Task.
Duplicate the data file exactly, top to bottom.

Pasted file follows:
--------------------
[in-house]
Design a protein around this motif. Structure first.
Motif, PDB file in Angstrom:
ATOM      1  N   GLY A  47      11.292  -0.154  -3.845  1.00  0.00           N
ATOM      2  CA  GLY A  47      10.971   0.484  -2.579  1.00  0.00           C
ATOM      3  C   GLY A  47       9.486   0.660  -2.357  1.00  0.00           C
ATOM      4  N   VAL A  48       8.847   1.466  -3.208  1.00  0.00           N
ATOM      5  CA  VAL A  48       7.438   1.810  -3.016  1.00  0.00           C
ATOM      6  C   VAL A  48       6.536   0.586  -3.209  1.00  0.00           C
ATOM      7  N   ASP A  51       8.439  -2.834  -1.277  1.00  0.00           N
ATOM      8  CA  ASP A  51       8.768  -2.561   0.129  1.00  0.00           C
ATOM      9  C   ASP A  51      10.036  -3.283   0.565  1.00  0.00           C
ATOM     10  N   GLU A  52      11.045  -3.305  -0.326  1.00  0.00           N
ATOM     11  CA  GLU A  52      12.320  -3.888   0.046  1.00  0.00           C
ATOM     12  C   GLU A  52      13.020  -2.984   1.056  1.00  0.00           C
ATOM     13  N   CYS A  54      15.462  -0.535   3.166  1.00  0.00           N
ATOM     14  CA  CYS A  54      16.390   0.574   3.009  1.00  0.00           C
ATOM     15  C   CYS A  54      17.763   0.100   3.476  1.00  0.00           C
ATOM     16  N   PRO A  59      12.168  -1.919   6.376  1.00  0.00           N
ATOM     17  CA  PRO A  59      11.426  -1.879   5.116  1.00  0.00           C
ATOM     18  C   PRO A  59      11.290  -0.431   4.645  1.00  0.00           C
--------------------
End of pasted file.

[in-house]
Design a protein around this motif. Structure first.
Motif, PDB file in Angstrom:
ATOM      1  N   GLY A  47      11.292  -0.154  -3.845  1.00  0.00           N
ATOM      2  CA  GLY A  47      10.971   0.484  -2.579  1.00  0.00           C
ATOM      3  C   GLY A  47       9.486   0.660  -2.357  1.00  0.00           C
ATOM      4  N   VAL A  48       8.847   1.466  -3.208  1.00  0.00           N
ATOM      5  CA  VAL A  48       7.438   1.810  -3.016  1.00  0.00           C
ATOM      6  C   VAL A  48       6.536   0.586  -3.209  1.00  0.00           C
ATOM      7  N   ASP A  51       8.439  -2.834  -1.277  1.00  0.00           N
ATOM      8  CA  ASP A  51       8.768  -2.561   0.129  1.00  0.00           C
ATOM      9  C   ASP A  51      10.036  -3.283   0.565  1.00  0.00           C
ATOM     10  N   GLU A  52      11.045  -3.305  -0.326  1.00  0.00           N
ATOM     11  CA  GLU A  52      12.320  -3.888   0.046  1.00  0.00           C
ATOM     12  C   GLU A  52      13.020  -2.984   1.056  1.00  0.00           C
ATOM     13  N   CYS A  54      15.462  -0.535   3.166  1.00  0.00           N
ATOM     14  CA  CYS A  54      16.390   0.574   3.009  1.00  0.00           C
ATOM     15  C   CYS A  54      17.763   0.100   3.476  1.00  0.00           C
ATOM     16  N   PRO A  59      12.168  -1.919   6.376  1.00  0.00           N
ATOM     17  CA  PRO A  59      11.426  -1.879   5.116  1.00  0.00           C
ATOM     18  C   PRO A  59      11.290  -0.431   4.645  1.00  0.00           C